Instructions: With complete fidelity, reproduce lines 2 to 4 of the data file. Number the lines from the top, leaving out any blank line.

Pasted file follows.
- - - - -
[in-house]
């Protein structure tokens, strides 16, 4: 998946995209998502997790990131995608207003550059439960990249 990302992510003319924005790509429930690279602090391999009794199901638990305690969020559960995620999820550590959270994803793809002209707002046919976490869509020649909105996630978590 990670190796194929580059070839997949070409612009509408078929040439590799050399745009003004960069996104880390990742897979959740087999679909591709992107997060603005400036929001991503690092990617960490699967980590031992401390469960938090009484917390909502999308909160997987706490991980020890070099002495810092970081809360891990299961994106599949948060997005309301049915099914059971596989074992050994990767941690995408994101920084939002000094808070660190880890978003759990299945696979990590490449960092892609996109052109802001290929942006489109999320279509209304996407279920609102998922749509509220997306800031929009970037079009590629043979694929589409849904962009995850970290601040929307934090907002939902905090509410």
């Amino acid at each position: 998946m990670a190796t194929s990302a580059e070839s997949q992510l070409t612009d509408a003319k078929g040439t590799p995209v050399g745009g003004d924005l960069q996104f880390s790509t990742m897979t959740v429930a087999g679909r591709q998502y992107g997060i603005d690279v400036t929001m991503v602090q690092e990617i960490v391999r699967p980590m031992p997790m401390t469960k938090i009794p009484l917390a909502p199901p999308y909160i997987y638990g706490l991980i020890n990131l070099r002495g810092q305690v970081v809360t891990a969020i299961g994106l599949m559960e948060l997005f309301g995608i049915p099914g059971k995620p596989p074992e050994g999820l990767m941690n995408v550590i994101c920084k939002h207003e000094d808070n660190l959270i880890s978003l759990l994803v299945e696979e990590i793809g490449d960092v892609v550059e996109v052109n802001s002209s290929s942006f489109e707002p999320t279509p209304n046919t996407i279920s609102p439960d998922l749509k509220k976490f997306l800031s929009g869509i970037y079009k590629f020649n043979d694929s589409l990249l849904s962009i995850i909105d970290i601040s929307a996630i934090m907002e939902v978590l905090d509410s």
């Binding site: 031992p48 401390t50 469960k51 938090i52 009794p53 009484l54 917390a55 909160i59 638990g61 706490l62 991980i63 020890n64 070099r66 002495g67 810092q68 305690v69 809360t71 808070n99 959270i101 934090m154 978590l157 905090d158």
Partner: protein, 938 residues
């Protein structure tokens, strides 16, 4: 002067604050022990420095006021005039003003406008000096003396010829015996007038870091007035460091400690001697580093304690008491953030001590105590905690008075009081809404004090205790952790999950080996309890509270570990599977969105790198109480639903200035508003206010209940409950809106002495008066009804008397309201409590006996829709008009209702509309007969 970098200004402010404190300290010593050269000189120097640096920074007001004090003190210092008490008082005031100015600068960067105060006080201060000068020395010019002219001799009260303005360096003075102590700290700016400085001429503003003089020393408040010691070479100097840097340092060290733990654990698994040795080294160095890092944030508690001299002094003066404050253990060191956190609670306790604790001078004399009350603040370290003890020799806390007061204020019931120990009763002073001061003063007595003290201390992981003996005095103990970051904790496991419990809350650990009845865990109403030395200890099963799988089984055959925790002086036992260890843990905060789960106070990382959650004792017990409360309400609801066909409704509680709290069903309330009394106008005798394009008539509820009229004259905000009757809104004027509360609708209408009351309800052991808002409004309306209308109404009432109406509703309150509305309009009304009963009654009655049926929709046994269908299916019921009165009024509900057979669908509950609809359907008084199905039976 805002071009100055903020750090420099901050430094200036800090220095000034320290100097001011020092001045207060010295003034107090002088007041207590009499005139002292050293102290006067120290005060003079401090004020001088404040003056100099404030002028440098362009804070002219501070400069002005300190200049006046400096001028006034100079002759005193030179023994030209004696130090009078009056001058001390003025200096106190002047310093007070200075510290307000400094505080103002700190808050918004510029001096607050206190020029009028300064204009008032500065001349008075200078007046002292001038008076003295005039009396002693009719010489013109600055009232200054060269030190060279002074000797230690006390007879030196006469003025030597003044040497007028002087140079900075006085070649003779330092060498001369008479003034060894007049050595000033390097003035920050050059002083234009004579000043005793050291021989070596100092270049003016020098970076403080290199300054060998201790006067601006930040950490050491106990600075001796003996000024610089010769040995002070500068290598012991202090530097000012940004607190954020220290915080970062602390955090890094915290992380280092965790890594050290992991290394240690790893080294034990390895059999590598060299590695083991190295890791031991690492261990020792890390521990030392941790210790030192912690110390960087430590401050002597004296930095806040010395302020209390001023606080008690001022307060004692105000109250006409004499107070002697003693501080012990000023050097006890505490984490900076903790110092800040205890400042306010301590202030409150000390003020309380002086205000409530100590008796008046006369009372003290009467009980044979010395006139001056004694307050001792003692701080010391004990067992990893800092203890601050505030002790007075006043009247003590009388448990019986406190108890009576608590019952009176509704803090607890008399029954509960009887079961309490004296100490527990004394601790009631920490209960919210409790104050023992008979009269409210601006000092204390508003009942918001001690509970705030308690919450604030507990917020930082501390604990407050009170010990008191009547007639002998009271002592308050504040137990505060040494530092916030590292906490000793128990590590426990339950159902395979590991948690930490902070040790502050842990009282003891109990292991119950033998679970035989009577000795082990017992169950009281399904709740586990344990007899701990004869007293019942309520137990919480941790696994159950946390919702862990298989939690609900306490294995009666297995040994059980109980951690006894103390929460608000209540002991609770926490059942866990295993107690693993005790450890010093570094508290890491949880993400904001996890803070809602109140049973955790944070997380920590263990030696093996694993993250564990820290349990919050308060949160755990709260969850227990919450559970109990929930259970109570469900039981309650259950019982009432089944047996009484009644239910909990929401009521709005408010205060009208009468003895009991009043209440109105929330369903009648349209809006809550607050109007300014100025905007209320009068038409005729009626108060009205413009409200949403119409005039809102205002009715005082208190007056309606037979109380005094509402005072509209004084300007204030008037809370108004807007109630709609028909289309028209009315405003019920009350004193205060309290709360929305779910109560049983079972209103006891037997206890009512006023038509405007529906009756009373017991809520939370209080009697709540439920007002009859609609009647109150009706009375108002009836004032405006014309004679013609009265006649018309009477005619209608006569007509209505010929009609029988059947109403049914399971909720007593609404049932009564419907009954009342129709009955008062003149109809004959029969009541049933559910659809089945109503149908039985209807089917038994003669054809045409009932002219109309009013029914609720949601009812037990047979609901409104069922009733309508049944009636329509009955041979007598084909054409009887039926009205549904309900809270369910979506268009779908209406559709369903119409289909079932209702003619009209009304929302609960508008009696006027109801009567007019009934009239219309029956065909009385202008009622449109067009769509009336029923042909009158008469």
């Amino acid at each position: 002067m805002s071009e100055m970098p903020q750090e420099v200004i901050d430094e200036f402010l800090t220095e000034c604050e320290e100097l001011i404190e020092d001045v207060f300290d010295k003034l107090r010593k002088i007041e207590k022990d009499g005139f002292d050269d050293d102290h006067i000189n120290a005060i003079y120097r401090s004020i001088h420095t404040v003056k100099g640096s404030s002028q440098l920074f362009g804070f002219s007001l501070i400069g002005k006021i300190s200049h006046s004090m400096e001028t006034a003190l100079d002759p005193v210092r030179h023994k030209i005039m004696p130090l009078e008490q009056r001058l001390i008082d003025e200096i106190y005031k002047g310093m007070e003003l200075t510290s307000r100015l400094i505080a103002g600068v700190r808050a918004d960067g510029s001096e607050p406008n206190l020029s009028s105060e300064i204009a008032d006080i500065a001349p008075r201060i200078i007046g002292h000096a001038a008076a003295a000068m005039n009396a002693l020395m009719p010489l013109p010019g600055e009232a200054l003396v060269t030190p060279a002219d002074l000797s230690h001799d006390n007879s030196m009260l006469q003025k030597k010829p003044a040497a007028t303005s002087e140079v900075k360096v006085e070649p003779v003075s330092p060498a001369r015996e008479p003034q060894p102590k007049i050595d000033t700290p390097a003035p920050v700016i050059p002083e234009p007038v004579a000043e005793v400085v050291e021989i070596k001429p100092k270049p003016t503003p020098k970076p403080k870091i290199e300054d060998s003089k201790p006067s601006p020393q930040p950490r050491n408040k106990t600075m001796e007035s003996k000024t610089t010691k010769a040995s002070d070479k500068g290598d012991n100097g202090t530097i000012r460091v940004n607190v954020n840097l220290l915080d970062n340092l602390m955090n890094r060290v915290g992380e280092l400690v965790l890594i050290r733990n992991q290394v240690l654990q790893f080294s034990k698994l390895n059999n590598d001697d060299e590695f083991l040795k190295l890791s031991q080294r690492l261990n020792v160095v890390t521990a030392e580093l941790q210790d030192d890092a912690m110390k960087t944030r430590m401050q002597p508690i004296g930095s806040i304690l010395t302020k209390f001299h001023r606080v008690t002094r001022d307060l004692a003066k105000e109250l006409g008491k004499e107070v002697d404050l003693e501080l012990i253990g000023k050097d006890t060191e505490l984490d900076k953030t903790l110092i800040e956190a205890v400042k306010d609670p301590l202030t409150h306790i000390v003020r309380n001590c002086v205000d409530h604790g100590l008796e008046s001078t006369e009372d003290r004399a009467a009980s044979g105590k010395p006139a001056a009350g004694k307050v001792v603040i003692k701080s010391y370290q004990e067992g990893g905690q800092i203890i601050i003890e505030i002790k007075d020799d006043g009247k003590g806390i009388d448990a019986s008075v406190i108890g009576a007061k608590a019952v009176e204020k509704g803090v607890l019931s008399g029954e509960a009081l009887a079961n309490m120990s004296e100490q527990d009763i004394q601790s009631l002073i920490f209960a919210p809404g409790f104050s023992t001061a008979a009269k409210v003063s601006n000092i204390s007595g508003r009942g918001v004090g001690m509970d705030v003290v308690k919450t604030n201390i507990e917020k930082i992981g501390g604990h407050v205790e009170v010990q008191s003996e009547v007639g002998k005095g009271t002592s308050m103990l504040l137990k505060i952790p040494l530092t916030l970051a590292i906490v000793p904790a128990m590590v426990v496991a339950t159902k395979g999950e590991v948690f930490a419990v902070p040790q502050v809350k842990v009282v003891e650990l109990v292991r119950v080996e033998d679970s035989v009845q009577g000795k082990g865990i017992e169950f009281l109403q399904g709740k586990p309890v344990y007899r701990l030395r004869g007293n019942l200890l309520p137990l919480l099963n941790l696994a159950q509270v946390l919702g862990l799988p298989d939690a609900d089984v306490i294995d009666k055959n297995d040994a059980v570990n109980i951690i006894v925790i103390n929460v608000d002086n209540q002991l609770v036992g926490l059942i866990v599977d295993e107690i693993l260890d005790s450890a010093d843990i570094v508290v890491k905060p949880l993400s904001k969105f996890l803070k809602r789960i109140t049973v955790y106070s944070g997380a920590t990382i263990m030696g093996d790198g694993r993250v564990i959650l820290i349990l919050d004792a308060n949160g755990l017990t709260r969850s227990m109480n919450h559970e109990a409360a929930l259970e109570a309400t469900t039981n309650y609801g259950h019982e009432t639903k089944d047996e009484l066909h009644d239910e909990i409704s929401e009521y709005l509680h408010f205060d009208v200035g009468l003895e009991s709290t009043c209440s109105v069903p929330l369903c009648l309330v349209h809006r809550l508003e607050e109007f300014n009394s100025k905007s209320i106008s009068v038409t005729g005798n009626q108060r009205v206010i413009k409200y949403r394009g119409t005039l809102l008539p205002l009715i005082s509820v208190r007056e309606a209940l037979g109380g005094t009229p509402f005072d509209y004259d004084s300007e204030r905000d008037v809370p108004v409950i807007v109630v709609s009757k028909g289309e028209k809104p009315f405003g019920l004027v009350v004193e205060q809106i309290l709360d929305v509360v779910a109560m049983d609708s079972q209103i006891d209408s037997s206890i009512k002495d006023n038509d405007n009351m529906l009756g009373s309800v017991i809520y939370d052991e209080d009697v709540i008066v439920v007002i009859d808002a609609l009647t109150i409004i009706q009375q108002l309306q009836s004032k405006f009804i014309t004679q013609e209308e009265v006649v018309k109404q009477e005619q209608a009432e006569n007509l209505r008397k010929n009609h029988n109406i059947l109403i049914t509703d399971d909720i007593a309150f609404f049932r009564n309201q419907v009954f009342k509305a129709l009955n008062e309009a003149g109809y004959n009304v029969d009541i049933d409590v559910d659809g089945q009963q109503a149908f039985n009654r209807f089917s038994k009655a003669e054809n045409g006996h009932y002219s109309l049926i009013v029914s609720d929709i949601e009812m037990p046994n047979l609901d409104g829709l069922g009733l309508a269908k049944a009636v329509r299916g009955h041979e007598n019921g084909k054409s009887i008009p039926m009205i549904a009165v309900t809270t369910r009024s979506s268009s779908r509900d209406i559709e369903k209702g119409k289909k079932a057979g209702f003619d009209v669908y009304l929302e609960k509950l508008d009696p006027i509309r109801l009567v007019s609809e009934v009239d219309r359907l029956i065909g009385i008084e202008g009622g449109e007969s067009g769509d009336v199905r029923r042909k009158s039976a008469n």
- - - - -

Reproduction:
């Protein structure tokens, strides 16, 4: 998946995209998502997790990131995608207003550059439960990249 990302992510003319924005790509429930690279602090391999009794199901638990305690969020559960995620999820550590959270994803793809002209707002046919976490869509020649909105996630978590 990670190796194929580059070839997949070409612009509408078929040439590799050399745009003004960069996104880390990742897979959740087999679909591709992107997060603005400036929001991503690092990617960490699967980590031992401390469960938090009484917390909502999308909160997987706490991980020890070099002495810092970081809360891990299961994106599949948060997005309301049915099914059971596989074992050994990767941690995408994101920084939002000094808070660190880890978003759990299945696979990590490449960092892609996109052109802001290929942006489109999320279509209304996407279920609102998922749509509220997306800031929009970037079009590629043979694929589409849904962009995850970290601040929307934090907002939902905090509410």
């Amino acid at each position: 998946m990670a190796t194929s990302a580059e070839s997949q992510l070409t612009d509408a003319k078929g040439t590799p995209v050399g745009g003004d924005l960069q996104f880390s790509t990742m897979t959740v429930a087999g679909r591709q998502y992107g997060i603005d690279v400036t929001m991503v602090q690092e990617i960490v391999r699967p980590m031992p997790m401390t469960k938090i009794p009484l917390a909502p199901p999308y909160i997987y638990g706490l991980i020890n990131l070099r002495g810092q305690v970081v809360t891990a969020i299961g994106l599949m559960e948060l997005f309301g995608i049915p099914g059971k995620p596989p074992e050994g999820l990767m941690n995408v550590i994101c920084k939002h207003e000094d808070n660190l959270i880890s978003l759990l994803v299945e696979e990590i793809g490449d960092v892609v550059e996109v052109n802001s002209s290929s942006f489109e707002p999320t279509p209304n046919t996407i279920s609102p439960d998922l749509k509220k976490f997306l800031s929009g869509i970037y079009k590629f020649n043979d694929s589409l990249l849904s962009i995850i909105d970290i601040s929307a996630i934090m907002e939902v978590l905090d509410s």
């Binding site: 031992p48 401390t50 469960k51 938090i52 009794p53 009484l54 917390a55 909160i59 638990g61 706490l62 991980i63 020890n64 070099r66 002495g67 810092q68 305690v69 809360t71 808070n99 959270i101 934090m154 978590l157 905090d158």